and sections of Winona and Olmsted coun
ties will hold a reunion at Plainview on the
Fourth of July. Thomas Simpson, of this
city, has been Invited to make an address.
Prosperous College Year.
Special to The Journal.
Charles City, lowa, June 13.—Charles City
college commencement is now in progress
and the board of trustees is in session. A
large class will matriculate.—The surveyors
for the Charles City Electric railway are at
work on the right of way between here and
Powersville.—Work on the Hart-Parr gaso
lene engine works will be commenced in a
few days and the factory will be ready ere
snow flies.—Fred Gable, a farmer south of
town, has purchased eight lots on North
Main street and is excavating for a solid
brick block two stories high, 174 feet front
and 120 fet deep.—The Sherman Nursery com
pany is about to establish a large greenhouse
on grounds near the w.est end of town. Mr.
Sherman has gone east to secure the services
of a practical man to take charge.—The Floyd
county jail is well under way.
M. DORAW & CO.,
The Oldest Firm of
Bankers and Brokers
IJT THE NORTHWEST. ■
;. -;'. Hare removed from their old quarters > '■
;, ,2 on Jackson Street to the
i.ttorauuftla' Ufa] BnAMftsc C«r. 4th
•BAHIMCMta »4^ •«. Paul. Sllna.
THUESDAY EVENING, JUNE 13, 19Ui.
COW PRICES FALL
Prices Rule 15c to 20c Lower Than
Yesterday.
THE SHEEP SUPPLY IS SMALL
Bids on Ho«» To-day Rule 5 Cent*
to 7 Cent* Lower From
the Start.
South St. Paul,". Minn., June Receipts
to-day .were 400 cattle, 100 calves, 1,600 hogs
and. 200' sheep. „>;:•
The following table 'shows the receipts from
Jan. l, 1901, to ' date, *as compared With the
same period a year ago: .. U"
X? an Cattle.Calves.Hogs. Sheep. Horses.Car3.
1901 ....58,241 22,423 267,477 75,991 3,892 -6,282
1900 ....45,328 22,777 235,915 103,302 14,032 6,278
pec... v ....... 354 ........ 27,311 10.160 y...';/
Inc. ....12,913 ..:..: 31,562 '.-..... ...i.T V 4
The. following.table, shows the receipts for
the month of June to date, as compared with
tne same period a year ago: ■"';, C.^v
Year/ Cattle. Sheep. Horses.Cars.
1901 3,237- - 1,246 16,822 2,191 96 361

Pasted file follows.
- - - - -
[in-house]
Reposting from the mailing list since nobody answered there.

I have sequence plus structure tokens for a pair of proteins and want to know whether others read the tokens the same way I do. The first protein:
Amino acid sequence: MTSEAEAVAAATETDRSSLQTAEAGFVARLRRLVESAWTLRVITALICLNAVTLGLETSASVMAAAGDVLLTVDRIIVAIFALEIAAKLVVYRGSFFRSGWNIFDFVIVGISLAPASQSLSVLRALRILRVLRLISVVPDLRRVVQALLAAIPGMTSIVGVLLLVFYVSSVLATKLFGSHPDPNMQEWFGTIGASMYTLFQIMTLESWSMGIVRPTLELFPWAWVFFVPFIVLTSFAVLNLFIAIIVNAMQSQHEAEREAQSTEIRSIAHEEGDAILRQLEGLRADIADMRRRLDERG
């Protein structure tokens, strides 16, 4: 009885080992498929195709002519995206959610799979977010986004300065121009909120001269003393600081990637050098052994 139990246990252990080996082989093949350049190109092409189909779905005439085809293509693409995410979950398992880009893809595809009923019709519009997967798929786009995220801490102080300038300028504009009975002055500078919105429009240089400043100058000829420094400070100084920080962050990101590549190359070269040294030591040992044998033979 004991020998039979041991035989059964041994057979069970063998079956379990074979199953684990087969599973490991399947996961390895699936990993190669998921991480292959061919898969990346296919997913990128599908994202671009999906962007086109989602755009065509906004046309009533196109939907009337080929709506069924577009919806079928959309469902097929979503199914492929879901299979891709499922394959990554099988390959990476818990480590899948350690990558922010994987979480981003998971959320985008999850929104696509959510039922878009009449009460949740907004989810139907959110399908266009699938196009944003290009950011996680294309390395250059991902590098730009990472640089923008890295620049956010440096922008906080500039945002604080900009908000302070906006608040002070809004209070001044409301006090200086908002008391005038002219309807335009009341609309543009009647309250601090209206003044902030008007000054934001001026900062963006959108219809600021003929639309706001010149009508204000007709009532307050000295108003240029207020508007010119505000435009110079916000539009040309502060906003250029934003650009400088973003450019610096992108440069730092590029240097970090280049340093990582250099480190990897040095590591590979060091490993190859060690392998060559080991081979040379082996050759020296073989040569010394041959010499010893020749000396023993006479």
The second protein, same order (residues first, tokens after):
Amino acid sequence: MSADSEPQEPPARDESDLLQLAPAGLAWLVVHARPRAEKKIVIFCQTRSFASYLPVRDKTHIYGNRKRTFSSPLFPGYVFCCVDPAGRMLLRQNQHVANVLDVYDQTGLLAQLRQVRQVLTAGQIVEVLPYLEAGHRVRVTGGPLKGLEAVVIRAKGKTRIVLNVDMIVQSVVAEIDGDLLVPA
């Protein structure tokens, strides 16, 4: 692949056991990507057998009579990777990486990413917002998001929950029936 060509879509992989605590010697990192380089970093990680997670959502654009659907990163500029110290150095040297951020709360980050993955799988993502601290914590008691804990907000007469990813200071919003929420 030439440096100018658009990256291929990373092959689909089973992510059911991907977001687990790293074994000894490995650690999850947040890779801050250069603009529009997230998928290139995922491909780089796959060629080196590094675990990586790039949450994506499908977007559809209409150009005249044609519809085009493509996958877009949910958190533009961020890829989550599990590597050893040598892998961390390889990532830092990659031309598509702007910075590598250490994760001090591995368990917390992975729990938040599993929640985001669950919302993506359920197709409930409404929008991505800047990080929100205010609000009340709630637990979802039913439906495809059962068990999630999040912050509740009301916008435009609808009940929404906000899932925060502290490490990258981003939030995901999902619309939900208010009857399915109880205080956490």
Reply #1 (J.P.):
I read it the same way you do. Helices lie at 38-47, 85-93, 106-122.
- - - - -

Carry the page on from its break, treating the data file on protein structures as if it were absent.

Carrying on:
1900. ..... 3,401 1,652 ,16,645 1,836 4,672 ''• 5R9
Dec .... 164 406 823 ...... 4,576 208
Inc v ...;... ;■.....;,..... 355 .....-,.,
Receipts: . . "..■■-.,, -.-
Date. ; Cattle. Calves. Hogs. Sheep. Cars.
June 6 .;... 134 V 34-922 99 17
June 7 133 75 1,538 118 • 2!)
June 8 ..... 66 . • 30 * 1,318 28 ' 21
June 10 .... 175 53 893 153 ■ 21
June 11 .... 755 . .331 2,387 494 64
June 12 .... 418 135 ■;■ 1,460 252 39
Estimated receipts .by cars to-day of the
railroads centering at these yards: Chicago
Great Western, 14; Chicago, Milwaukee & St.
Paul, 7; Chicago, St. Paul, Minneapolis &
Omaha, 6; Great Northern, 5; Chicago, Bur
lington & Quincy, 1; Soo, 1; Northern Pacific,
2; total, 36. -.. - :. .
Disposition of stock June 12:
_ Firm. 1 - ;_- — Cattle. Hogs. Sheep.
Swift & C 0......:......; 143 1,390 58
Estate of I.: Staples.... 1 •
Slimmer & Thomas.... '-. 99 ...
Peter Evans 2
J. E. Bolton .......... ... ..... *J6
Hankey Brothers V..;.. 24
J. B. Fitzgerald.. '. 27 .....
J. R. King ............ ' 6 .!.'.*.
Louis Hertz .'......:..*. 1 '-.
Leo Gottfried V......... ... '...'. ii
J. T. McMillan ........ ... 80 . .
Weirs .:....... ... 20
Country buyers ........ 348 ..... 276
Totals ....:.;... 651 ..1,490-.r 421
CATTLE—The. local supply was , rather
small, but was larger than usual for Thurs
day. The supply east was only fair, but
the prices ruled 15@20c lower than yester
day. There were a few loads of pretty de
sirable beef cattle on sale here. The stock
er and feeder trade showed some life, yet the
number of sales made were limited. Prices
ruled firm with yesterday's advance. Sales:
Butcher Cows and Heifers-
No. - Ay. Price. 11 No.. Ay. Price.
2 1,055 $4.10 |i 2 986 $2.75
5 .'. 879 2.75 || 4 1,065 3.25
3 983 3.50 ||2 ........ 965 3.75
1 .. 700 2.25 ||1......... 800 2.50
1 ...870 2.75 || 1 680 z.zo